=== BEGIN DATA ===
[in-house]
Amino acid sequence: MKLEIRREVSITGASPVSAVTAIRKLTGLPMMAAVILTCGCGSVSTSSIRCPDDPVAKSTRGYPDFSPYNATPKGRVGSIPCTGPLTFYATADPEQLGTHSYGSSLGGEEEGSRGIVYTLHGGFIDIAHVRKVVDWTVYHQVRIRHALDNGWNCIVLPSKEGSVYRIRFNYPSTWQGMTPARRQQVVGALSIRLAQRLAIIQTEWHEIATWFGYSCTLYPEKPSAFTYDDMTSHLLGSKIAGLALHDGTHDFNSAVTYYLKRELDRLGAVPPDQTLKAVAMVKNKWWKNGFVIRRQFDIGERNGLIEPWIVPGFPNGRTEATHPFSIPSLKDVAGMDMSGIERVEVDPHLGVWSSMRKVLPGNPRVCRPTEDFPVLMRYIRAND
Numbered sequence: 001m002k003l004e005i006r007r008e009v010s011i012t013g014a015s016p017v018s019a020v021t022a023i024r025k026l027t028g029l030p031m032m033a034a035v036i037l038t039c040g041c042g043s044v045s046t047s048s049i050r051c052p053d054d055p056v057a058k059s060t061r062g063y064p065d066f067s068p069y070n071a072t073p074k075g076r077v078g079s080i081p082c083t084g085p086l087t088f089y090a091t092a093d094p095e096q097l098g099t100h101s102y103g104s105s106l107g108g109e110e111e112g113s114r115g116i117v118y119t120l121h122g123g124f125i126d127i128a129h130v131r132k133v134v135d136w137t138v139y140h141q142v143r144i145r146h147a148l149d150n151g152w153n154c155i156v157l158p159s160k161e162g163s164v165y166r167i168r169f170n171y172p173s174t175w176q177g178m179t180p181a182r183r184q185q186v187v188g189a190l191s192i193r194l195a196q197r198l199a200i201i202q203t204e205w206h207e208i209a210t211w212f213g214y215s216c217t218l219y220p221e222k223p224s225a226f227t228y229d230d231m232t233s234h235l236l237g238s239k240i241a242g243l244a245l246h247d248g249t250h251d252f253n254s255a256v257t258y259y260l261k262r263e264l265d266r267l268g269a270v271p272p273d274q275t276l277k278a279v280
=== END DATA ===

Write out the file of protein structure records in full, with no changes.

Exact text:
[in-house]
Amino acid sequence: MKLEIRREVSITGASPVSAVTAIRKLTGLPMMAAVILTCGCGSVSTSSIRCPDDPVAKSTRGYPDFSPYNATPKGRVGSIPCTGPLTFYATADPEQLGTHSYGSSLGGEEEGSRGIVYTLHGGFIDIAHVRKVVDWTVYHQVRIRHALDNGWNCIVLPSKEGSVYRIRFNYPSTWQGMTPARRQQVVGALSIRLAQRLAIIQTEWHEIATWFGYSCTLYPEKPSAFTYDDMTSHLLGSKIAGLALHDGTHDFNSAVTYYLKRELDRLGAVPPDQTLKAVAMVKNKWWKNGFVIRRQFDIGERNGLIEPWIVPGFPNGRTEATHPFSIPSLKDVAGMDMSGIERVEVDPHLGVWSSMRKVLPGNPRVCRPTEDFPVLMRYIRAND
Numbered sequence: 001m002k003l004e005i006r007r008e009v010s011i012t013g014a015s016p017v018s019a020v021t022a023i024r025k026l027t028g029l030p031m032m033a034a035v036i037l038t039c040g041c042g043s044v045s046t047s048s049i050r051c052p053d054d055p056v057a058k059s060t061r062g063y064p065d066f067s068p069y070n071a072t073p074k075g076r077v078g079s080i081p082c083t084g085p086l087t088f089y090a091t092a093d094p095e096q097l098g099t100h101s102y103g104s105s106l107g108g109e110e111e112g113s114r115g116i117v118y119t120l121h122g123g124f125i126d127i128a129h130v131r132k133v134v135d136w137t138v139y140h141q142v143r144i145r146h147a148l149d150n151g152w153n154c155i156v157l158p159s160k161e162g163s164v165y166r167i168r169f170n171y172p173s174t175w176q177g178m179t180p181a182r183r184q185q186v187v188g189a190l191s192i193r194l195a196q197r198l199a200i201i202q203t204e205w206h207e208i209a210t211w212f213g214y215s216c217t218l219y220p221e222k223p224s225a226f227t228y229d230d231m232t233s234h235l236l237g238s239k240i241a242g243l244a245l246h247d248g249t250h251d252f253n254s255a256v257t258y259y260l261k262r263e264l265d266r267l268g269a270v271p272p273d274q275t276l277k278a279v280